Creating something is one of the most rewarding experiences a human can have. There is something magical about experiencing what you have envisioned come to life in the physical form. Digital photography is probably the quickest pay off in the creative process. Technology has largely automated the technical aspect, and software allows us to easily correct a lot of mistakes. Unlike a painting that may take months to complete, or a song that may take countless hours and other people to help write and record properly, the amount of time it takes between picking up a camera to getting a few dozen likes online is pretty minimal. That statement isn't at all intended to take away from the many years and thousands of hours that many masters of photography have spent refining their craft. I’m also not here to argue wether photography industry has been financially weakened because of this, but rather, has our potential creative joy been robbed because of it?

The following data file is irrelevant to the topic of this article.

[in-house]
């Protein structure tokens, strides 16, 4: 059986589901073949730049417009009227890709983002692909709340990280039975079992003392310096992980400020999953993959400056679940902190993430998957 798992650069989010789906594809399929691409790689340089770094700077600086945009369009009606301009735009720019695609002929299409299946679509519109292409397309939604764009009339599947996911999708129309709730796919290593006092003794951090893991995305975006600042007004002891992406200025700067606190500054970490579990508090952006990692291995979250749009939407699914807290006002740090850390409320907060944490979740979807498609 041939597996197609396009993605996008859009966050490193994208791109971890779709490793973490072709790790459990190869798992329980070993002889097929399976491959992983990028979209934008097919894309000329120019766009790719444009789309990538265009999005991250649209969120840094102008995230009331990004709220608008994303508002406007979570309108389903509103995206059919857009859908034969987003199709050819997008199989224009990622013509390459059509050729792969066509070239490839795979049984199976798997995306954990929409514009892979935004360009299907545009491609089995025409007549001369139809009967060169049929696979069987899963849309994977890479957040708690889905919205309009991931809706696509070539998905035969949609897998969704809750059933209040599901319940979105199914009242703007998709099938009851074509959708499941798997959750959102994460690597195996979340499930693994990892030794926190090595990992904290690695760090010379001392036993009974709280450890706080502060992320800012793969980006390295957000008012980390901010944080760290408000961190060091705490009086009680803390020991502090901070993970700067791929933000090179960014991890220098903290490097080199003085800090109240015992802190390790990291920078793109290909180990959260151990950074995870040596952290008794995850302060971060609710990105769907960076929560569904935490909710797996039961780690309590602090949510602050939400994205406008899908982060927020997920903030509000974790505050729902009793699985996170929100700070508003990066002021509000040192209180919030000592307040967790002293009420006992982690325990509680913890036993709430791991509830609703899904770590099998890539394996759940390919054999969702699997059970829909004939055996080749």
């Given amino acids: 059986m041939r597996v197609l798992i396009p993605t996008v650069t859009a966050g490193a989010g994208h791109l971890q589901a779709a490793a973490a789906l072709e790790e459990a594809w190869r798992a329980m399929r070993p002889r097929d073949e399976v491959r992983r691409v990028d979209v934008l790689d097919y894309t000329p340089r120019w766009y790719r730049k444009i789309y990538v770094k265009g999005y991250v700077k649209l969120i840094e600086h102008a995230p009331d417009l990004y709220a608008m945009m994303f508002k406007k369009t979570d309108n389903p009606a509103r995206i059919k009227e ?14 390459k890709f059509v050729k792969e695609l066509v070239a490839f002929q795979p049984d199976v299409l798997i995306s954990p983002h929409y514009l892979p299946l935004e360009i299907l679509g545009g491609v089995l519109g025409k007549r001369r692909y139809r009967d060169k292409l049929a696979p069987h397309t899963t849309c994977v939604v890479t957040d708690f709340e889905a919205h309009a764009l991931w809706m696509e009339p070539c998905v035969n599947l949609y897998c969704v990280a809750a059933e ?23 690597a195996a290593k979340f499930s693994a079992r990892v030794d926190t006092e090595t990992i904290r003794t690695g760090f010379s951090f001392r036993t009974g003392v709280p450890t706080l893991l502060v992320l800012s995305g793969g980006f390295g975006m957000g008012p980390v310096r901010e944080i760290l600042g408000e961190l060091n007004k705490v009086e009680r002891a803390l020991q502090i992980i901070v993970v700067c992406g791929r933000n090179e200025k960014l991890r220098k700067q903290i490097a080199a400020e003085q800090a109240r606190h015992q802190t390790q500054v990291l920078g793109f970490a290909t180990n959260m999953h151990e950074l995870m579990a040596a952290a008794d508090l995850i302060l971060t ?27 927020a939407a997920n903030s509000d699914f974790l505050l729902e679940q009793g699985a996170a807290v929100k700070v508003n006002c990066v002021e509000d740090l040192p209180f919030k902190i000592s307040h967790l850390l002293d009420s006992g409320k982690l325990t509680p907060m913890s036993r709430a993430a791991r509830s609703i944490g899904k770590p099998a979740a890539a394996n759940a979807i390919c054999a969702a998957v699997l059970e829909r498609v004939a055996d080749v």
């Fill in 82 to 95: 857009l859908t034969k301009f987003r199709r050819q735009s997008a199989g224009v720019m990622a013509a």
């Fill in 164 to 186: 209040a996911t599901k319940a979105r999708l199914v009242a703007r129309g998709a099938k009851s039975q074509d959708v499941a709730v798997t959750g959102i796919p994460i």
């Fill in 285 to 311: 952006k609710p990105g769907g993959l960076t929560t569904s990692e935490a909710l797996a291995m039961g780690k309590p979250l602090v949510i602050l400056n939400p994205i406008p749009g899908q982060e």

The more time and energy we invest into something, the more satisfaction we will experience from it, with that satisfaction being specifically derived from the creative act itself, regardless of someone else liking it or not. If the value of what we are creating is ultimately defined by the immediate response of others, we are robbing ourselves of a truly fulfilling and lasting creative experience. The question we should ask ourselves when picking up a camera isn't "what can I get from it," but, "what can I give to it.” What would it look like if we shot our own way, searching out what our own voice and contribution to photography could be, rather than following Instagram and Pinterest recipes? How do we interpret and perceive the world around us, and then project that back out through the camera. How are we viewing the camera as our blank canvas to carefully and purposely create our masterpiece with, rather than a paint by number guide to having a popular Facebook page? When our view as creatives shift to “what can I give,” how we approach the creative process changes drastically, and in turn, our creative fulfillment becomes greater through the process.